This is a diet plan for those that want to find out how to work with their body, rather than against it. Sara, who is also a yoga teacher, has coupled pioneering research with an integrative approach. When we understand the biological processes that occur in our bodies, we're better able to make informed decisions about the food we put into them.

'The Hormone Reset Diet' by Dr Sara Gottfried is published by Harper One.

10 hormone tips from Dr Sara

EXERCISE SMARTER

Some exercises, such as running and spinning, place so much stress on the body that cortisol shoots sky-high. My advice is to stop exercising so hard in an obsessive desire to burn calories, and start exercising smarter. Practise yoga, meditation or guided visualisation several times a week and add burst training, also known as interval training, to your routine.

Burst training involves short periods of high-intensity exercise with moderate-level exercise as recovery. It is incredibly efficient and comes without the cortisol-raising side effect of a long run. Not only that, but it is incredibly effective at raising growth hormone levels.

OPTIMISE YOUR SLEEP CYCLE

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Humans are designed to rise with the sun and to sleep when it's dark. Sure, there are morning people and night owls, but your hormones are released according to your sleep/wake cycle. Get your circadian rhythm in order, and your body will produce the hormones you need when you need them.

Try to wake up and go to sleep at the same time every day, and to expose yourself to sunlight. There's no better way to tell your body it's time to wake up. Go to sleep by 10pm as many nights as possible. The ratio of catabolism (wear and tear) to anabolism (growth and repair) shifts while you sleep, and the hours before midnight are especially auspicious. In other words, this is how you can avoid botox.

PRACTISE YOGA

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Yoga has been shown to raise serotonin levels, the happy brain chemical responsible for mood, sleep and appetite. For women, this is especially important, as we have 52pc less serotonin than men. I also believe yoga is the best form of exercise for stress relief and getting your cortisol to a sweet spot.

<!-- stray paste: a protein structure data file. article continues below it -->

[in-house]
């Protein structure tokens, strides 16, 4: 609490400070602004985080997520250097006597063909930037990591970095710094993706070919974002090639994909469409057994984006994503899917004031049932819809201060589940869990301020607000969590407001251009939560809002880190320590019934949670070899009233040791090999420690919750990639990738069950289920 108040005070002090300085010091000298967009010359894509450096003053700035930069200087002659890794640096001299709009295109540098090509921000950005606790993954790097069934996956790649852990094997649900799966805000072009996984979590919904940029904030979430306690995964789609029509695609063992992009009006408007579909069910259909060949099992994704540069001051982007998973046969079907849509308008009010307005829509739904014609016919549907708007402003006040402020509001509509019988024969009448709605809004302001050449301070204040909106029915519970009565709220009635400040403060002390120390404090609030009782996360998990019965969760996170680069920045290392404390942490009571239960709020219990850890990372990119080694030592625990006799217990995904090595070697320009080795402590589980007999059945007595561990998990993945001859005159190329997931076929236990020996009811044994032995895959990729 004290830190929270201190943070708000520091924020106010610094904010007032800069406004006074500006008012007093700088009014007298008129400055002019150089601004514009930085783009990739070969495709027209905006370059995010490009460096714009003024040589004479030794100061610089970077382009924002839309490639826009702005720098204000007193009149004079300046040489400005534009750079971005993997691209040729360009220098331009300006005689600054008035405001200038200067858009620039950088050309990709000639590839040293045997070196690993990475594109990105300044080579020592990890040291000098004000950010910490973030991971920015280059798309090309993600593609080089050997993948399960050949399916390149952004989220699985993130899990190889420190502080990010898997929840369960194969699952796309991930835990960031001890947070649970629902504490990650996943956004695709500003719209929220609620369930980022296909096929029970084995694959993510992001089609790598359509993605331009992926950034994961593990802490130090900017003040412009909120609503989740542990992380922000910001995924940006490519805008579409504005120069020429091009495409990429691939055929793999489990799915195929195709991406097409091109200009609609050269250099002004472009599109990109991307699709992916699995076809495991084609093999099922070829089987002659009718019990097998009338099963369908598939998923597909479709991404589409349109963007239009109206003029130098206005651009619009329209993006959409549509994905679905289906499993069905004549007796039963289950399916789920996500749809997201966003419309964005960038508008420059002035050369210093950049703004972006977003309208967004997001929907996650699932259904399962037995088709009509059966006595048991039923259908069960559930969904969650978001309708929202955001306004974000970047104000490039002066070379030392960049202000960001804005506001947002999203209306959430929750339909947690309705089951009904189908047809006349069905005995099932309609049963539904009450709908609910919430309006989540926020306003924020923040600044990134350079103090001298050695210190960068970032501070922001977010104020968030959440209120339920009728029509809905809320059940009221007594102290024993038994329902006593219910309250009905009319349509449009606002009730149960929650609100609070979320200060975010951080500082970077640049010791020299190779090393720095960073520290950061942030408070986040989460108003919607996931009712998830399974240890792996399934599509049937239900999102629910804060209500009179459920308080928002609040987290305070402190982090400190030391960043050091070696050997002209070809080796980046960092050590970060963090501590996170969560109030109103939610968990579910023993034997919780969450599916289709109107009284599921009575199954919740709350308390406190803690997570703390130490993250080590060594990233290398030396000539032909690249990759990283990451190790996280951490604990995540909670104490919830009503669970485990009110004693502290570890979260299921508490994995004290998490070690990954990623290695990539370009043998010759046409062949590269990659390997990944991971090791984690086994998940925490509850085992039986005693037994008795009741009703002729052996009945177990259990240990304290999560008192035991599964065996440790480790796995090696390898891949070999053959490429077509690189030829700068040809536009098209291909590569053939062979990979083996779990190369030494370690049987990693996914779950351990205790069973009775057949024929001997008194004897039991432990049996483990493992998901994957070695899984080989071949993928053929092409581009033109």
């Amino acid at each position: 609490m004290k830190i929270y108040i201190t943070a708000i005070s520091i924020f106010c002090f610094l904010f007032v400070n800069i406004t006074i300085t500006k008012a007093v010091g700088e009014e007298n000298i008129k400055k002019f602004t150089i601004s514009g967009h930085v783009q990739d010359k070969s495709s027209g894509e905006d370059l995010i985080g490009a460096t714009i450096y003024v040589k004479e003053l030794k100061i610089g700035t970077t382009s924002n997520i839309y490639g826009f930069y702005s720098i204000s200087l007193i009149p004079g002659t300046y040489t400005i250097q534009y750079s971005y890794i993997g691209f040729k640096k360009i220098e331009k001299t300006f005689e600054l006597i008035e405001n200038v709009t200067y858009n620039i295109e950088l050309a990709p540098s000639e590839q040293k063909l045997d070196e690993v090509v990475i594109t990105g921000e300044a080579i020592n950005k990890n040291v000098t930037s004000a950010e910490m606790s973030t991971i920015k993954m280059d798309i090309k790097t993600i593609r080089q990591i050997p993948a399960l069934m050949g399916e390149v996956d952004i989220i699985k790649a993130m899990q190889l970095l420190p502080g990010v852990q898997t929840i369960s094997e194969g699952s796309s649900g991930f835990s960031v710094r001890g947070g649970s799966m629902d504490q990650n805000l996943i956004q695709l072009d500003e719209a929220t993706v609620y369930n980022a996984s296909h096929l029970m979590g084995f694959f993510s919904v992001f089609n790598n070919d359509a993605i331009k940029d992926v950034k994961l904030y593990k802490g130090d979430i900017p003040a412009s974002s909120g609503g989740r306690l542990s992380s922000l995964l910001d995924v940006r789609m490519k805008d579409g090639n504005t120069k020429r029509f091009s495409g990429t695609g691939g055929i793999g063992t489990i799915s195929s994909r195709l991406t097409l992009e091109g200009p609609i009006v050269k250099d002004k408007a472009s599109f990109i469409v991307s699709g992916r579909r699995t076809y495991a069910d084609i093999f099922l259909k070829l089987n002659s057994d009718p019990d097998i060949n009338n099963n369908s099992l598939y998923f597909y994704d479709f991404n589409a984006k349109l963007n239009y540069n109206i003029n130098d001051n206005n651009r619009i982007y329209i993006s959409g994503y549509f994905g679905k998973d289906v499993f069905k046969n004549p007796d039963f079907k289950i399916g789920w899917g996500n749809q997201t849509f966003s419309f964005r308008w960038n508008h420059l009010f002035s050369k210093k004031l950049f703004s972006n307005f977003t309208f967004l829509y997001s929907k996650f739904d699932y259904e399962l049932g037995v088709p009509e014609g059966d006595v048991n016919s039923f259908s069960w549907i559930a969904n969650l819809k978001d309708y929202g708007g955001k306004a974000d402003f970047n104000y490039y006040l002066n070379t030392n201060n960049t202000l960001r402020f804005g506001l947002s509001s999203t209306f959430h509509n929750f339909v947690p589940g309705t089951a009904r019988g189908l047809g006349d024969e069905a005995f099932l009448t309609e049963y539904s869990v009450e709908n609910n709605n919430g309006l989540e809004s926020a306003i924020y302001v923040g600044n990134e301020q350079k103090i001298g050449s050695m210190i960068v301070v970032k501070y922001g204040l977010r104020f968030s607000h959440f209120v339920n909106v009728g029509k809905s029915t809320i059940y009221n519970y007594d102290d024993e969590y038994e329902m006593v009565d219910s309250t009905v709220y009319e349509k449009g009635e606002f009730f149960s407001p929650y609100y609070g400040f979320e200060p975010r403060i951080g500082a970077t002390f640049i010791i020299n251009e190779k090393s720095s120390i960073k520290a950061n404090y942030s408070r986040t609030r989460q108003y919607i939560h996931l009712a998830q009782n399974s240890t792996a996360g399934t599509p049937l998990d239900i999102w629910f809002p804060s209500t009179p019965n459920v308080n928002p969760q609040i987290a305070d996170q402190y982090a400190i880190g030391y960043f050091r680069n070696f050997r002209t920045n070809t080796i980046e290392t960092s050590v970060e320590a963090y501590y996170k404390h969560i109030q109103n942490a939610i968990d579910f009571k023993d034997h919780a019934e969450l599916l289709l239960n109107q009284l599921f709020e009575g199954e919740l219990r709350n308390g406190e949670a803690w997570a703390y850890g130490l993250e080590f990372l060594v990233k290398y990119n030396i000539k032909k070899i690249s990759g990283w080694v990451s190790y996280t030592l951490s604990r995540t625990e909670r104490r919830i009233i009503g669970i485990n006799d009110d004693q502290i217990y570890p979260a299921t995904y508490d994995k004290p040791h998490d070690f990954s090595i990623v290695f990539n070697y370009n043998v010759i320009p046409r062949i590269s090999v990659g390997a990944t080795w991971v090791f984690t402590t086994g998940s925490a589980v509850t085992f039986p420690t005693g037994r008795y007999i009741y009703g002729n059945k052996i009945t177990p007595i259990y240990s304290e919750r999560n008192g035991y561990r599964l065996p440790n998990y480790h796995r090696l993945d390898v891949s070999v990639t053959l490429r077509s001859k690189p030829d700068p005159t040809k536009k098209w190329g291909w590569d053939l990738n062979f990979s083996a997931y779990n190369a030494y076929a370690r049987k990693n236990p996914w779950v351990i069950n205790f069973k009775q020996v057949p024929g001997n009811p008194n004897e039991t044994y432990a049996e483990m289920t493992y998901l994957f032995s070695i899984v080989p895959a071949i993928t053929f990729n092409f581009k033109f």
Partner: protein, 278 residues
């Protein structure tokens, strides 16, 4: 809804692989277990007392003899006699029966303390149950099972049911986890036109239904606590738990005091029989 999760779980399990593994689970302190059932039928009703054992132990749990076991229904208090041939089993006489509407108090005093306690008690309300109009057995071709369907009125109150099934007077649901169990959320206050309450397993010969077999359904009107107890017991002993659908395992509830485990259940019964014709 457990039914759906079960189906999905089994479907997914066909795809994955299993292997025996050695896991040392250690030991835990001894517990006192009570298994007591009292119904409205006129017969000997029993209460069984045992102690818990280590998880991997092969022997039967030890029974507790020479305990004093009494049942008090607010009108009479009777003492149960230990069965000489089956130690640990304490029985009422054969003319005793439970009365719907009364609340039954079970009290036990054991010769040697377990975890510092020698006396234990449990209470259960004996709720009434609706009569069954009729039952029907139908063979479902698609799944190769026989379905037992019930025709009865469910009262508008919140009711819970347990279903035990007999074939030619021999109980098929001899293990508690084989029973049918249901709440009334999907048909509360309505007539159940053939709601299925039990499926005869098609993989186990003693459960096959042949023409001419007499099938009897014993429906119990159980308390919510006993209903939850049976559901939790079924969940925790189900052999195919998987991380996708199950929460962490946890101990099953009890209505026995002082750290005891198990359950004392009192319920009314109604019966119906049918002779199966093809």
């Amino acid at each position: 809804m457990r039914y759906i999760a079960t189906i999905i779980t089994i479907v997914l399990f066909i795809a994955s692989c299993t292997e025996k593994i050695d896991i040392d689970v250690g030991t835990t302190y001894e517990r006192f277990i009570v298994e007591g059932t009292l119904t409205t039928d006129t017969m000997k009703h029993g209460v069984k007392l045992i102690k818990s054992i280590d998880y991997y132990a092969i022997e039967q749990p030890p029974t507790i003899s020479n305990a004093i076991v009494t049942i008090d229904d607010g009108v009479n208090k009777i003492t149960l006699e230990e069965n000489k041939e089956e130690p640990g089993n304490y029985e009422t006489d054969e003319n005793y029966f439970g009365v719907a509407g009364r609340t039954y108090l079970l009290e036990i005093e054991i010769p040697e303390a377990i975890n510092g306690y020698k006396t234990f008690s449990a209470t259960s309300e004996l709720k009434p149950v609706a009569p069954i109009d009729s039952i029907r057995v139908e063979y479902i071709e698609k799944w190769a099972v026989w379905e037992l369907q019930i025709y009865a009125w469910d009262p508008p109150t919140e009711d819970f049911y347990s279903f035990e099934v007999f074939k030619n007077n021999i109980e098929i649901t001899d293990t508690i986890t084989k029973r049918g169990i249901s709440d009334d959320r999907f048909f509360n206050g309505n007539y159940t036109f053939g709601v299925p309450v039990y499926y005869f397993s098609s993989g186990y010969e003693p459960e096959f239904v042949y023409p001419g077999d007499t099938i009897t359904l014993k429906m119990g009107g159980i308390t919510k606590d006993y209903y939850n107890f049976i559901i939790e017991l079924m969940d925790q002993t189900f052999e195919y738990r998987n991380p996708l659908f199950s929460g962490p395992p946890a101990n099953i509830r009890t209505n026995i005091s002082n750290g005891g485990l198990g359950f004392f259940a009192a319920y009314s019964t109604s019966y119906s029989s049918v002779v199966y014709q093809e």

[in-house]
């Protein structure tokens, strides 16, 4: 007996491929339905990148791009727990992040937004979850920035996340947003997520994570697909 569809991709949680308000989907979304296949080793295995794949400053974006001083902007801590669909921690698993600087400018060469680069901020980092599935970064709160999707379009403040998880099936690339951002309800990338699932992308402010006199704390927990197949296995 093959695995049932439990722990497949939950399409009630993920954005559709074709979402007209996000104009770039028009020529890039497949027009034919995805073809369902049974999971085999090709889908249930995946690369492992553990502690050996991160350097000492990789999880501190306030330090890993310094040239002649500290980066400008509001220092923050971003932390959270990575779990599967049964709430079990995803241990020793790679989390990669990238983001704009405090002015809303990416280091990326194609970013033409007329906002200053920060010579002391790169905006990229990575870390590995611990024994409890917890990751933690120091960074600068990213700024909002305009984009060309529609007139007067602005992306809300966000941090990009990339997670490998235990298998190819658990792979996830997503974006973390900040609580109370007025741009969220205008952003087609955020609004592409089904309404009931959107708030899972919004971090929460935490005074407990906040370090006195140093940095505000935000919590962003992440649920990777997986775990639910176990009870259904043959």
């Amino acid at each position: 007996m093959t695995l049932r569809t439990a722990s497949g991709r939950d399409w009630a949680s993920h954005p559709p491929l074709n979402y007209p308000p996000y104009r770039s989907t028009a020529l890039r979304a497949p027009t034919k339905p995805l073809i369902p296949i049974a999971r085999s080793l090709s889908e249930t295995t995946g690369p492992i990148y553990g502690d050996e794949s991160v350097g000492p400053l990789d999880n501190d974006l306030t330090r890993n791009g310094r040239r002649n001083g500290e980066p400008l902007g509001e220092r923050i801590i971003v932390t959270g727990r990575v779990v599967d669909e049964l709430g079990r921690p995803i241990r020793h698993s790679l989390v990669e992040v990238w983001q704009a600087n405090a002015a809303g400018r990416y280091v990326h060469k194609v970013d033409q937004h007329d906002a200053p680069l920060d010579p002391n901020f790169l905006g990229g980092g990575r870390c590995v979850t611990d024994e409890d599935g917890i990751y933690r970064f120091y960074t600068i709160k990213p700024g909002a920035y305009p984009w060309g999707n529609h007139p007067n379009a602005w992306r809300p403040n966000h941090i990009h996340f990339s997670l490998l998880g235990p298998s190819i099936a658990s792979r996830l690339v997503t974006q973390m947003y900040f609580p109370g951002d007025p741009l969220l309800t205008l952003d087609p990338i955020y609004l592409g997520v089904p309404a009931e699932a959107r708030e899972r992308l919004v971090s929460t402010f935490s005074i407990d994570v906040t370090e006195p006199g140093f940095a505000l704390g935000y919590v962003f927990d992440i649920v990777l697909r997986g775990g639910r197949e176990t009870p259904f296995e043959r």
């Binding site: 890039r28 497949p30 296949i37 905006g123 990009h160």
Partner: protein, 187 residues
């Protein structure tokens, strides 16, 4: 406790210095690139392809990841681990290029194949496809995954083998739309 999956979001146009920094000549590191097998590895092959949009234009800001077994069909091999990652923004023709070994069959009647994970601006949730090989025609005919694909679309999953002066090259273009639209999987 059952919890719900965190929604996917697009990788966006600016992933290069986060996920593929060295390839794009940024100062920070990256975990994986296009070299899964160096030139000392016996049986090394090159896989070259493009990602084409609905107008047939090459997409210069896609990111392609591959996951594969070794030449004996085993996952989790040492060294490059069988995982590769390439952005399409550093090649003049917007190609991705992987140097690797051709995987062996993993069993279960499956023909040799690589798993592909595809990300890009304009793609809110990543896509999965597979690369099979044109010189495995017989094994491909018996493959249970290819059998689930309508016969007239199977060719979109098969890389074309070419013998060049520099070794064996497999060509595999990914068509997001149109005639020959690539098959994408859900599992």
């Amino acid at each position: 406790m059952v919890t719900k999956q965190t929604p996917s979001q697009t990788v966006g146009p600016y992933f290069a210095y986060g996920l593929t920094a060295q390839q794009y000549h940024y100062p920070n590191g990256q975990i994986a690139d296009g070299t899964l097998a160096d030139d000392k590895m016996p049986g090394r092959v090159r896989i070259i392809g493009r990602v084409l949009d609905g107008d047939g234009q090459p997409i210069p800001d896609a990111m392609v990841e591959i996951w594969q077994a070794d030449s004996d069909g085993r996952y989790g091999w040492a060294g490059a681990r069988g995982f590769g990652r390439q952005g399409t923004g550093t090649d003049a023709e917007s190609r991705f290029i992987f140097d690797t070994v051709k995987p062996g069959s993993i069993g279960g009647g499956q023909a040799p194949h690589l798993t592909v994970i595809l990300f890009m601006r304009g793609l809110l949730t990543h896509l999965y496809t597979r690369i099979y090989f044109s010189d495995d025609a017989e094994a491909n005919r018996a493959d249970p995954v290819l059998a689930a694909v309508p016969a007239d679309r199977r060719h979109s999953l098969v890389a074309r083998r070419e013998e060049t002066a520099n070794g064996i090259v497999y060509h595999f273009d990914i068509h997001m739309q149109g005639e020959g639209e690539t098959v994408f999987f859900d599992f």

BEAT MENOPAUSAL WEIGHT GAIN

Many women find it very difficult to lose weight after they reach menopause. They often find that the same tricks to lose weight no longer work. This may be because your thyroid is slowing down or your testosterone fell off a cliff. Be sure to get your levels checked with your healthcare professional.

To counteract weight gain, cut out sugar from your diet and make sleep a priority, which will put your growth hormone production back on track.

BETTER BIRTH CONTROL

Birth control pills deplete your B vitamins, so make sure to add a vitamin B complex if you are on the pill. If you have PMS and want a birth control pill, choose one containing drosperinone as long as you do not have an increased risk of blood clots.

MACA ATTACK

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Adaptogens are unique herbs that help the body deal with stress and lower cortisol. I'm a huge fan of maca and other adaptogens, and I highly recommend them. Maca is a superfood powerhouse, an ancient wonder food that your grandmother's grandmother's grandmother probably used to cure 'female' problems way back in the day.

The sweet, somewhat chalky tasting fruit, has been shown to help with insomnia, energy, hot flashes, vaginal dryness, libido and even anxiety and depression. You can pick up maca extract at your local health-food store in capsule, liquid or powder form. The common dose is 2,000 mg/day.

BOOST MOOD

To reduce mood swings, avoid alcohol and sugar substitutes. Alcohol consumption raises cortisol, lowers metabolism, and is linked to premenstrual anxiety, mood problems and headaches. Diet sodas and aspartame lower serotonin, the feel-good neurotransmitter responsible for buoyant mood.

I also recommend phosphatidylserine (PS) - 300mg a day has been shown to improve mood under stress. PS is one of those supplements that makes you feel dramatically better in one hour, and it makes you call three girlfriends to share the good news.

TEST YOUR CORTISOL

There are several ways to test your cortisol levels, and the most accurate are dried urine, blood and saliva. Most traditional doctors only recognise the merits of blood testing - it's considered the universal language of conventional medicine - yet the latest techniques favour dried urine testing. Measuring both gets around the problem of acute stress, such as rushing to the clinic or laboratory. Remember that cortisol rises after you wake up in the morning [known as the 'Cortisol Awakening Response'] and should be at its lowest before bedtime.

TAKE VITAMIN D IN THE WINTER

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Ramp up your vitamin D supplementation during the winter. Vitamin D deficiency can cause low oestrogen in women, which means low sex drive. It also causes low testosterone in men. So, if you tend to feel more frisky during the summer than the winter, there's a very good reason for it - increased vitamin D causes your hormones, and your libido, to peak during summer months. Similarly, oestrogen helps boost serotonin and GABA, critical neurotransmitters, which help keep you calm and happy. Vitamin D also has other, more direct, effects on your mood.

Vitamin D activates the genes that release dopamine and serotonin and the lack of these neurotransmitters is commonly linked to depression.